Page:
India in the World Economy from Antiquity to the Present

Guest Author: Dr. Tirthankar Roy

For more than two thousand years, the Indian subcontinent was pivotal to world trade. A coastline 5,000 miles long, easy access from West Asia, Africa and East Asia, the presence of highly skilled artisans, a rich maritime tradition, and kings who protected merchants and formed partnerships with them, secured the strategic position of trade in Indian life and of Indians in trade. Classics of Indian literature describe the heroic undertakings of the seafaring merchant. Sanskrit and Persian works on statecraft set out kingly duties towards the merchant.

Notwithstanding the evidence on the antiquity of trade, most accounts of the business history of India begin from the coming of the Europeans in the Indian Ocean in the 1500s, as if this one turning point is the only one that really mattered. I wanted to write a book that would break the pattern, and tell a story of enterprise that is millennial in scope. By taking a sweeping view over two thousand years, we should be able to answer three big questions. Is there a long-term pattern in Indian capitalism? When did the big changes in that pattern occur? And does history shed light on economic change in the present? India in the World Economy is an outcome of the project.

The plot that holds this account together has, at its centre, the interplay between two distinct business-cum-political worlds that had taken shape from the earliest times. One of these was based in the cities of powerful empires that formed in the land-locked and agricultural interior, and another was based in the seaboard, ruled by weaker states. The former was dependent on grain trade and the fiscal system, the latter on foreign trade. The distance between them was bridged by the imperial ambition to control the seaboard.

That ambition was only limitedly and intermittently successful until the seventeenth century. But the game took a new turn in the wake of Indo-European trade (especially in the 1700s) when, for the first time in Indian history, a merchant-ruled seaboard state began to rule the interior. This was the territory controlled by the British East India Company. Indian capital migrated from the interior world to the port cities established by the Company, giving rise to a new cosmopolitan milieu based on Indo-European partnerships. There, then, began a slow conquest of the agricultural interior by coastal capitalists, who joined export trades in agricultural commodities in the 1800s, and reinvested some of the trading profits in textile mills.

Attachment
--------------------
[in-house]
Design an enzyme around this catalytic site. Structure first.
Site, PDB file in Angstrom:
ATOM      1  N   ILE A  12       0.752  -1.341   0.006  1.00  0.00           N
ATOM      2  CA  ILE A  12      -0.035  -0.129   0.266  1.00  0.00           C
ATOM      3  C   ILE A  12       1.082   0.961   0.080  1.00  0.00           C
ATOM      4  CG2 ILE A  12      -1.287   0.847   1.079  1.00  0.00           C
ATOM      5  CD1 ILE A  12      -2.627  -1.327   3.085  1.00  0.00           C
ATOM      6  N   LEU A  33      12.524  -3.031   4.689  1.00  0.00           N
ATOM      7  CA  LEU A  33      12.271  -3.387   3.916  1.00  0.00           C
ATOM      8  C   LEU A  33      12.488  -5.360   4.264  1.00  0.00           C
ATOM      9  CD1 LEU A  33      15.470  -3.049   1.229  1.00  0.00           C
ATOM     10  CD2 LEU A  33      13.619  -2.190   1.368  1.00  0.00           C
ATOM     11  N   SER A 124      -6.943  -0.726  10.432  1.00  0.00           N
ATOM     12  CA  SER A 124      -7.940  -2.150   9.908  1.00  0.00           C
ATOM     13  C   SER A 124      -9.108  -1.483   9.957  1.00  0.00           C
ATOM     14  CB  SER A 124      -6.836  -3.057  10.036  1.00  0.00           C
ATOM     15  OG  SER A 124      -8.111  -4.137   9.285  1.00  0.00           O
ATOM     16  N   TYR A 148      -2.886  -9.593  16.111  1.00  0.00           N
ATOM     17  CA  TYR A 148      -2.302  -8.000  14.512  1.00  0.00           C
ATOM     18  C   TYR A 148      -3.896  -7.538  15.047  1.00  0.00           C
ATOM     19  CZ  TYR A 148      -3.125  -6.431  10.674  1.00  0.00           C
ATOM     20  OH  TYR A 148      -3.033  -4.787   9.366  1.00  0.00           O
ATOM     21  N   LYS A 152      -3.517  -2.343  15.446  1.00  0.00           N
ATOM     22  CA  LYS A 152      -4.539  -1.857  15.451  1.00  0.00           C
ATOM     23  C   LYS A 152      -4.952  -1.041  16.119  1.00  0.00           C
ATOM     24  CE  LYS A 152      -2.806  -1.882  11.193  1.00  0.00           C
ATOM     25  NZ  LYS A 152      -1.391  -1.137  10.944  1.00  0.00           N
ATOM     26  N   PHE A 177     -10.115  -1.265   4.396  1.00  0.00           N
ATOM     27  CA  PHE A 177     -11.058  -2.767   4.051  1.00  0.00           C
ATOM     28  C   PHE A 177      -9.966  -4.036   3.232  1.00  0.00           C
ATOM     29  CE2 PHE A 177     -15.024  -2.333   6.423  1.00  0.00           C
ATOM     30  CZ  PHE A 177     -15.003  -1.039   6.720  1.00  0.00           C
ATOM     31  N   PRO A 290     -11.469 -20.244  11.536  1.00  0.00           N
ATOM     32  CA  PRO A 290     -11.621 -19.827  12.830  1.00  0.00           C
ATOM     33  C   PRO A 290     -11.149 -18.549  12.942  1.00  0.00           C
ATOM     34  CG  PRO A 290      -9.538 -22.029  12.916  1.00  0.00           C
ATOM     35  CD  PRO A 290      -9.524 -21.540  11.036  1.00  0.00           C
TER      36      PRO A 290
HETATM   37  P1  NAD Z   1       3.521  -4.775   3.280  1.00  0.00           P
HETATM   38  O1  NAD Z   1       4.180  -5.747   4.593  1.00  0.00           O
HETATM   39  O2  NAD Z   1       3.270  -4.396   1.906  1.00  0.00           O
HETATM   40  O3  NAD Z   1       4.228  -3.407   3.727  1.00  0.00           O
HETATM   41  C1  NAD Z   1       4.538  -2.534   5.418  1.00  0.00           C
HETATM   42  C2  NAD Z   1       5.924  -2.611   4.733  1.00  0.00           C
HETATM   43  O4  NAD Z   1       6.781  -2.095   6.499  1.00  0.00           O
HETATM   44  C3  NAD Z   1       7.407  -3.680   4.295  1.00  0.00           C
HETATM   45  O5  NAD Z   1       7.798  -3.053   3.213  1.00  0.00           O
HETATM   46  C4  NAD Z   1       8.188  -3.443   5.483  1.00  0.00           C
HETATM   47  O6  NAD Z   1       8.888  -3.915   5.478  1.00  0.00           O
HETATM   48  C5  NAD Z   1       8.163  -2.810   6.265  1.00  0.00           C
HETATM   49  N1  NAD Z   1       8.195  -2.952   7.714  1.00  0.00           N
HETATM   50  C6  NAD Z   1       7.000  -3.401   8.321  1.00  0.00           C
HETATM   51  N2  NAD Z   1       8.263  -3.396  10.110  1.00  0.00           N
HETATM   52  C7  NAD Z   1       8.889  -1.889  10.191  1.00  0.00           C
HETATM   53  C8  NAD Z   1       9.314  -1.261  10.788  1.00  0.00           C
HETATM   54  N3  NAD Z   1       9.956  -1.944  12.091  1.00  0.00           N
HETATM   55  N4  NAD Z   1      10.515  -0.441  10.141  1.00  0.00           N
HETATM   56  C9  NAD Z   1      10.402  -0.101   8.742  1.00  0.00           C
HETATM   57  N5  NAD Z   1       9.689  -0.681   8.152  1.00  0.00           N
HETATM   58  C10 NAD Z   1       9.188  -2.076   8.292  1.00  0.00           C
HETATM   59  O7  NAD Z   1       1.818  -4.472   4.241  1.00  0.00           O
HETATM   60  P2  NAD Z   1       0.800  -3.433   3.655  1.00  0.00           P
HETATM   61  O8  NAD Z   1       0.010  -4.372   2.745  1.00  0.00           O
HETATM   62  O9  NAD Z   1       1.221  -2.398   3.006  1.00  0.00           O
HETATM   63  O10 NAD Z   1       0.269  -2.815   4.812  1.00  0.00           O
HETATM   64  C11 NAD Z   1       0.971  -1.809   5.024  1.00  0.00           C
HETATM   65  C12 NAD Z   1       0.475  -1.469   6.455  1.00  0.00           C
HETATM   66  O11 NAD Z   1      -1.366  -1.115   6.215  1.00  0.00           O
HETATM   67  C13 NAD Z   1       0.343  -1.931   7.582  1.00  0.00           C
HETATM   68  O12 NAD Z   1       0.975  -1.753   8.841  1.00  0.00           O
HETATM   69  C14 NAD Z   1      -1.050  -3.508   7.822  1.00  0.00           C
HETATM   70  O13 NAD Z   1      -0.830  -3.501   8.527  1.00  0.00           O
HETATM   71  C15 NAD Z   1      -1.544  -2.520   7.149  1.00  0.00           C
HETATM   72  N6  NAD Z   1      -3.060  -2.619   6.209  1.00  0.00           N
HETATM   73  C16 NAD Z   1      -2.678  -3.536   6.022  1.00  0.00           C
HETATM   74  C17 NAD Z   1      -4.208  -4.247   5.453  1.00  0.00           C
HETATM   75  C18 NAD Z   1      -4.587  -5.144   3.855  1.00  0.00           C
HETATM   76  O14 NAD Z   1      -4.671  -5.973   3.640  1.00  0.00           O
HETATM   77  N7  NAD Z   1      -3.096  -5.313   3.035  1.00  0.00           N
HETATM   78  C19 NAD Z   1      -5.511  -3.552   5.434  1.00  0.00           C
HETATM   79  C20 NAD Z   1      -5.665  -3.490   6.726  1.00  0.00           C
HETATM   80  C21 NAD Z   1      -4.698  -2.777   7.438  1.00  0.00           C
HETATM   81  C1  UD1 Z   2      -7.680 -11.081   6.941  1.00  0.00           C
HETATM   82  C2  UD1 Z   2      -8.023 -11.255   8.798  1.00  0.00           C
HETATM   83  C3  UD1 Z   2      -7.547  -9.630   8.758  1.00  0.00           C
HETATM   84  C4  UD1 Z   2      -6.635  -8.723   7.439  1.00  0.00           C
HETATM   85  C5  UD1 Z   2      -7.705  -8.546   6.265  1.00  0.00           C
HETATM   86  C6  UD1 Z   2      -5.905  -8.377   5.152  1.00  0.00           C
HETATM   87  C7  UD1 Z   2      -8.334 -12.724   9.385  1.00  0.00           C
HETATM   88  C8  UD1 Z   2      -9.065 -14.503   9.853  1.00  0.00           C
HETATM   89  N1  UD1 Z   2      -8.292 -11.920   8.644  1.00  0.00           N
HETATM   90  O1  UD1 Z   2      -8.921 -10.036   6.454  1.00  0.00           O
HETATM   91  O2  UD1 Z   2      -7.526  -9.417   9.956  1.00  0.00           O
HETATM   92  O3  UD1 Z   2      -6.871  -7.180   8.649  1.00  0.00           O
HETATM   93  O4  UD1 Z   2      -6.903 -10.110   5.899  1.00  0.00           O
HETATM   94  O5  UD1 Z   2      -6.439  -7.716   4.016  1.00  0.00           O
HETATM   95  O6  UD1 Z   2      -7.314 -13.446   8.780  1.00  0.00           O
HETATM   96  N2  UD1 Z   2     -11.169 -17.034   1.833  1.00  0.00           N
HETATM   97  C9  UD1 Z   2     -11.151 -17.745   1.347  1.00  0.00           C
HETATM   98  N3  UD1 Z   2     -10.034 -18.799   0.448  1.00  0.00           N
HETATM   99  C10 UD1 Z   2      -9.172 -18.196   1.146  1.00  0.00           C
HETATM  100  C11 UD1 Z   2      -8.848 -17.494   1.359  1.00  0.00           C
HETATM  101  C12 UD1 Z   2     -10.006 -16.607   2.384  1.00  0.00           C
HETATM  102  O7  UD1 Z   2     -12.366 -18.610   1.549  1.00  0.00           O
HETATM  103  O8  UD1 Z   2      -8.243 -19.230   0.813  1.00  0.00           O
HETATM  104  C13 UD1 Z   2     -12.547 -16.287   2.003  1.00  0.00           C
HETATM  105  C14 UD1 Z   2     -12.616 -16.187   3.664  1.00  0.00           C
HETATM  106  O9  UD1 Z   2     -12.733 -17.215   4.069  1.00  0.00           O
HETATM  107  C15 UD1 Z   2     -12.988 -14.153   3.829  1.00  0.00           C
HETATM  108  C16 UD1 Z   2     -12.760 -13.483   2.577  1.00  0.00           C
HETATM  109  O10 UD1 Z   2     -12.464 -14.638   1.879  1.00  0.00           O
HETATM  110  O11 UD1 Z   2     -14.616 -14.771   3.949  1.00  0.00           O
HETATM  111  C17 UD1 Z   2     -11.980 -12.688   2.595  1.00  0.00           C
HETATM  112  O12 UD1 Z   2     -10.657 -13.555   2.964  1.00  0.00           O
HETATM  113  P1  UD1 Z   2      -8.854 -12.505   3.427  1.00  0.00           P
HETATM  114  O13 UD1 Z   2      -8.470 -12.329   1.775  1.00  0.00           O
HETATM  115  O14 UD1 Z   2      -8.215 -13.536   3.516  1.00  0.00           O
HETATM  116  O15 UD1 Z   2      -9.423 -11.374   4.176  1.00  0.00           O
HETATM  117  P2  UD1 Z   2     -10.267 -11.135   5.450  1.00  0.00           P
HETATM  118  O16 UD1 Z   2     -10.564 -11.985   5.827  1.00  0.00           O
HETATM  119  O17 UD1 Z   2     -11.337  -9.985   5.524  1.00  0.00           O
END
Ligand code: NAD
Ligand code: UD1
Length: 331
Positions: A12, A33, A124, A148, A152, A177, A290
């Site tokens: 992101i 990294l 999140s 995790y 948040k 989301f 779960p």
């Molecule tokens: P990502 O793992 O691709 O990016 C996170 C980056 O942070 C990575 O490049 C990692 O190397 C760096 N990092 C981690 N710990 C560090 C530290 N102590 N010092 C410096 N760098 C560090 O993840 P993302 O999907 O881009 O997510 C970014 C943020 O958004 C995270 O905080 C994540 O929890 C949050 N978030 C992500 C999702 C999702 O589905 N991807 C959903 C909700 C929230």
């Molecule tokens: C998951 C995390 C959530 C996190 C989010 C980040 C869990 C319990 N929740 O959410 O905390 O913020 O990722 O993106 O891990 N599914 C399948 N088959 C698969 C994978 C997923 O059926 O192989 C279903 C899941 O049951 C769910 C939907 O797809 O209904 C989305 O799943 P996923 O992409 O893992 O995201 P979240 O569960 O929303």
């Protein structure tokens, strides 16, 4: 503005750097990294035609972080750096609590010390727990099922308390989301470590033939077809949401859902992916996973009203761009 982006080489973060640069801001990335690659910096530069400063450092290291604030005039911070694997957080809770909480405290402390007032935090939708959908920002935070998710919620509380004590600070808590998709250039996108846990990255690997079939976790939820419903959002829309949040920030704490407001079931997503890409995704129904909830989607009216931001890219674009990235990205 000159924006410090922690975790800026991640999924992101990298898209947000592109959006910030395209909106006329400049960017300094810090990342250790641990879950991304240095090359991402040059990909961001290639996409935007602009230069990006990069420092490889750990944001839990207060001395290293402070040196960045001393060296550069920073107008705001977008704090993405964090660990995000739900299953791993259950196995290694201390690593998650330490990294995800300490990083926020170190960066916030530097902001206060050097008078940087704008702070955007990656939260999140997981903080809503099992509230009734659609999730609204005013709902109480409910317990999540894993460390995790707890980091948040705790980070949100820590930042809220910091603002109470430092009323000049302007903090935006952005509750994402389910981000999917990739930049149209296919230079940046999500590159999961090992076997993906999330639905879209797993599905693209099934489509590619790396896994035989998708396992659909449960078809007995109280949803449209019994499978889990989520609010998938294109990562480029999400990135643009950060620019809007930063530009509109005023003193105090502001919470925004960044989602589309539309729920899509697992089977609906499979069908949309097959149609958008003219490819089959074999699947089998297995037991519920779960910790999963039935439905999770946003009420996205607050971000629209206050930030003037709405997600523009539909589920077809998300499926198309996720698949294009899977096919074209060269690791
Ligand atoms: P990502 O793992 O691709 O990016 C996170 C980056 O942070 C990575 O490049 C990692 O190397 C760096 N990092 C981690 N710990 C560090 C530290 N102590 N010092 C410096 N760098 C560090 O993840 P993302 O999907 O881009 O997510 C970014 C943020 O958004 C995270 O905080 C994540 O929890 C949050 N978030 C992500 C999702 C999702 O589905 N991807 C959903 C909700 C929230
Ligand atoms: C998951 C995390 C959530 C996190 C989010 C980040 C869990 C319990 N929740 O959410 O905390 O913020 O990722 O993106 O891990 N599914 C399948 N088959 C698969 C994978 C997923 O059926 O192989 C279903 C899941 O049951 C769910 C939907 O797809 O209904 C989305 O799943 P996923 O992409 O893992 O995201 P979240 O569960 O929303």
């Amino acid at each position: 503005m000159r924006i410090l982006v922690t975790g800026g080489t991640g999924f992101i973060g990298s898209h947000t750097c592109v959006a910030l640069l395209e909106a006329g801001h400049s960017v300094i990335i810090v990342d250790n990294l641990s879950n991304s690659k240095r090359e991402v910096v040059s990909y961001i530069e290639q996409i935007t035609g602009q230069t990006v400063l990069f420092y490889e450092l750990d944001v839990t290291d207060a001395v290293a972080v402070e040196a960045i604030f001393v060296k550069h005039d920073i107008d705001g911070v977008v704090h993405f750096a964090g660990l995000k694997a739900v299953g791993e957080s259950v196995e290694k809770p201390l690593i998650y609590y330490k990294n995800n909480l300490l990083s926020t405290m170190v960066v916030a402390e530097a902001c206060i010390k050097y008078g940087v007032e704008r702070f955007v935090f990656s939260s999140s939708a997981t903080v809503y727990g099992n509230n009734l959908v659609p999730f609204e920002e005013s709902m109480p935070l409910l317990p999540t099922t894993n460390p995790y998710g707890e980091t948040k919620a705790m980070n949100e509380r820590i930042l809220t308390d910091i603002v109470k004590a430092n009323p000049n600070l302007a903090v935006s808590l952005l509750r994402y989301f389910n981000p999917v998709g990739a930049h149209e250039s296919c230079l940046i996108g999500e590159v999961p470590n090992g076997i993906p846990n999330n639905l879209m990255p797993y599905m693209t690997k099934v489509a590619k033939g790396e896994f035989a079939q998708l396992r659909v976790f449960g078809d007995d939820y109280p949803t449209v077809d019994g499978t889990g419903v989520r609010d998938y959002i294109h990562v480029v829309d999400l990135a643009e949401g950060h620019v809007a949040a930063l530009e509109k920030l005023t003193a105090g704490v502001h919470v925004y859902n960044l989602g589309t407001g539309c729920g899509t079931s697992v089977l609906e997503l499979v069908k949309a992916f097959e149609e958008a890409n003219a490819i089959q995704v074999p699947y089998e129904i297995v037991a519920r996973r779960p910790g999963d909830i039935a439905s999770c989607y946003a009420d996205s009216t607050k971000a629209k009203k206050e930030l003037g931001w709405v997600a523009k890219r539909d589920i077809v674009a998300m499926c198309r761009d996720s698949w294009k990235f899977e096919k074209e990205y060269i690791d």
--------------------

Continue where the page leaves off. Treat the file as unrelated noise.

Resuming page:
Since that time, the different business worlds have come much closer, but the dialectic has not disappeared. The cleavage between the agricultural interior and the cosmopolitan and outward-looking commercial towns continues to be deep, and their politics remains divergent in present-day India.

The book is organized around this idea of diversity but not all of it is an illustration of the idea. The world economy foisted upon India unpredictable events, such as wars and depressions, which form part of the discussion. The book also pauses from time to time to consider major academic debates, such as the implications of Indo-European trade, link between colonialism and development, and the rejection of and return to liberal trade regime in the twentieth century.

This book is an interpretive work in economic history. The real challenge in writing the book was not gathering information, but to think about the ancient, the medieval, and the modern times in a connected way; to think about the elements of continuity in private enterprise, and therefore, identify the turning points better.

Dr. Tirthankar Roy is a Professor of Economic History at London School of Economics and Political Science. He has taught and researched in institutes in India for 15 years before the move to LSE in 2006. He started teaching in the early 1990s with courses on economics principles. But, since 2006, his teaching took a turn towards global and comparative history. He has written and edited a number of successful textbooks on economic development and economic history. Also, his well-researched articles have been published in many scholarly journals. For more information, browse

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